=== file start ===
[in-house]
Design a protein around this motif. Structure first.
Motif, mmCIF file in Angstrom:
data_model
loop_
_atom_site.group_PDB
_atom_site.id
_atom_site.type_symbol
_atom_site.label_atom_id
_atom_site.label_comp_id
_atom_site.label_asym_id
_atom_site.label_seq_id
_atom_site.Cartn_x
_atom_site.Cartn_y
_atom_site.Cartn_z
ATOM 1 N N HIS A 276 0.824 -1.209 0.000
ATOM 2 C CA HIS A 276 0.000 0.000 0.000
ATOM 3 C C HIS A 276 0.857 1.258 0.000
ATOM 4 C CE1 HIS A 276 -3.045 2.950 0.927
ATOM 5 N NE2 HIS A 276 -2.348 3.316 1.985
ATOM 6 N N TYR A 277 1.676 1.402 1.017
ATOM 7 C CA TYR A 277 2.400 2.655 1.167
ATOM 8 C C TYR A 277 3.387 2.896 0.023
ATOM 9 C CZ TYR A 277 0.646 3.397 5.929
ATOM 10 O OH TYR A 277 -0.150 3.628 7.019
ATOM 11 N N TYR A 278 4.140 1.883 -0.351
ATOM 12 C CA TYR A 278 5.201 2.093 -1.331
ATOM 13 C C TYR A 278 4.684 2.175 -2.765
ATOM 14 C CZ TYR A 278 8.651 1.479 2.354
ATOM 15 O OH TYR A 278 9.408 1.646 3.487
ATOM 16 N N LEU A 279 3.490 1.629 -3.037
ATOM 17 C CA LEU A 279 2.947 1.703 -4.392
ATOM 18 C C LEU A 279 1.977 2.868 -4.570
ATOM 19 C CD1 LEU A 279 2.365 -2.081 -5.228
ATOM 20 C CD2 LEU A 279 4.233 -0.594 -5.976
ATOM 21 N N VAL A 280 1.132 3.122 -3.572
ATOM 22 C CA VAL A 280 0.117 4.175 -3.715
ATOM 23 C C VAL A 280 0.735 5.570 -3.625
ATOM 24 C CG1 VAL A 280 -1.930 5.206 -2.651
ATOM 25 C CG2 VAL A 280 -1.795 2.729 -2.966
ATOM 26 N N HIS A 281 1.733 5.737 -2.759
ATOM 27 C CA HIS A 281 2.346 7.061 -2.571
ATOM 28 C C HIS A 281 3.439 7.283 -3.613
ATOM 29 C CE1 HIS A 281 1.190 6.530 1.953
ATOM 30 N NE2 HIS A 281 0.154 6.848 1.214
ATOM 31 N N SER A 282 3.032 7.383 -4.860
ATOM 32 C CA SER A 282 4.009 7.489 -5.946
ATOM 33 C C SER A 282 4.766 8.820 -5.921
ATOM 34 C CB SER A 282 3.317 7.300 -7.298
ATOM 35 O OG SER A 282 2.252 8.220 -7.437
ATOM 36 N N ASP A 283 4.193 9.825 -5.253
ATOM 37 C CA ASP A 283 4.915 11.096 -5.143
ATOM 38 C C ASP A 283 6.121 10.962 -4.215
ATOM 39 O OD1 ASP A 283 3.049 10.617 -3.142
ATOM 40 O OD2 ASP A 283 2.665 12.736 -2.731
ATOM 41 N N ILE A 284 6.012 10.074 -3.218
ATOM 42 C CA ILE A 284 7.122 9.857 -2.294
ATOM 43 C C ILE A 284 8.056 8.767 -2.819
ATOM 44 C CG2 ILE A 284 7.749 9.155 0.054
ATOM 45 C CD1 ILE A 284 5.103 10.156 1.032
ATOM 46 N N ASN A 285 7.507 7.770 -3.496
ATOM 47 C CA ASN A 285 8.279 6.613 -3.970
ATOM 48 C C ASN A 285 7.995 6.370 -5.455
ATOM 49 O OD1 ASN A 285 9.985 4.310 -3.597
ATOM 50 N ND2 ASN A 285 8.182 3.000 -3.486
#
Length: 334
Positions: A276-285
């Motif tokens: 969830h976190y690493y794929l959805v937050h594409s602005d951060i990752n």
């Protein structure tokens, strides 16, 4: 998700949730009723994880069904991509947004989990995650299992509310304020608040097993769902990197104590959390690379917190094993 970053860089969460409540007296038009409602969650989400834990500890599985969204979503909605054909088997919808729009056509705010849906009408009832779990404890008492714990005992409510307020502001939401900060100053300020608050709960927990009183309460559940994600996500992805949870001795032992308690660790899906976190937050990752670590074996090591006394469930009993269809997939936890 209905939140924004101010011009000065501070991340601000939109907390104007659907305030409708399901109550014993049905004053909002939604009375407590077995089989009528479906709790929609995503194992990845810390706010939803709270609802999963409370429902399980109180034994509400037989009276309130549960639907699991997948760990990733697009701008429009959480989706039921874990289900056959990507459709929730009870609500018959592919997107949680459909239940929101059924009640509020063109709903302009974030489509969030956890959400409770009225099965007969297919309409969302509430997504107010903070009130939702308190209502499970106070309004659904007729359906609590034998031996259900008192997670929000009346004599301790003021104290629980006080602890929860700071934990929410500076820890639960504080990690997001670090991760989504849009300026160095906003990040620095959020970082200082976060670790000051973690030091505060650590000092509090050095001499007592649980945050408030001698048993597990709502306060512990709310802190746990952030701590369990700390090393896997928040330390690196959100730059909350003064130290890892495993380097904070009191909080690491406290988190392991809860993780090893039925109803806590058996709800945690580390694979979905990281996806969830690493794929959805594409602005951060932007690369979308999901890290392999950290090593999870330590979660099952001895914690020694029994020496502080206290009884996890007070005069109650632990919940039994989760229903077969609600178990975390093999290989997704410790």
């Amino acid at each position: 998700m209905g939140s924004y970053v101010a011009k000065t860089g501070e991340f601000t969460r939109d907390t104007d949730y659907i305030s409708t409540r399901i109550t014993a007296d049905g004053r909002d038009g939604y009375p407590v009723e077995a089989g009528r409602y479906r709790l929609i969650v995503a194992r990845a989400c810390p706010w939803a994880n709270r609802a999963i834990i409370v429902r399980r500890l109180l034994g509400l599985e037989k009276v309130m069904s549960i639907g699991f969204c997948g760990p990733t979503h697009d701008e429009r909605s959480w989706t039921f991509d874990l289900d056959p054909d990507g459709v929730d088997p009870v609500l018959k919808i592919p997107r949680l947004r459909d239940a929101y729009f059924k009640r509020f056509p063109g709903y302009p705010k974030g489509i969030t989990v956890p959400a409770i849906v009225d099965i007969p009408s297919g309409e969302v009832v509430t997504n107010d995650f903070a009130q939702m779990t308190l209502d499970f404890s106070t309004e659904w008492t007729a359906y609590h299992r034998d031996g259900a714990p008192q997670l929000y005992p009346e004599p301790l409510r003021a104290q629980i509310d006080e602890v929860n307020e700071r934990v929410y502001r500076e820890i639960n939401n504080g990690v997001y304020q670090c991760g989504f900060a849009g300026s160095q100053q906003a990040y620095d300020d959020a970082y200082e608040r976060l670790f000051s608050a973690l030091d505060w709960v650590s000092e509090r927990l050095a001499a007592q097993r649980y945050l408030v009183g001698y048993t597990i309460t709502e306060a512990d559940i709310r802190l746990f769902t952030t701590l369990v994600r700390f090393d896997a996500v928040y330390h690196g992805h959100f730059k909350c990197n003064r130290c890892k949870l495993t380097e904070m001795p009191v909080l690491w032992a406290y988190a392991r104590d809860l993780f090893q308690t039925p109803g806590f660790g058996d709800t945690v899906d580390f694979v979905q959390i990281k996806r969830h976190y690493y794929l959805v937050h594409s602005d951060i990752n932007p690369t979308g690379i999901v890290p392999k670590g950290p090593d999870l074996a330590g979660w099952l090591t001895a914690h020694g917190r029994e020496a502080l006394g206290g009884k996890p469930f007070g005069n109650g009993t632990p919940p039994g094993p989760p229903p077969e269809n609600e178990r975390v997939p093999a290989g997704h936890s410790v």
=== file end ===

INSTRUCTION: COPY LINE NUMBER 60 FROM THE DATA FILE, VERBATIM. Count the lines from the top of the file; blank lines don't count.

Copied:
ATOM 45 C CD1 ILE A 284 5.103 10.156 1.032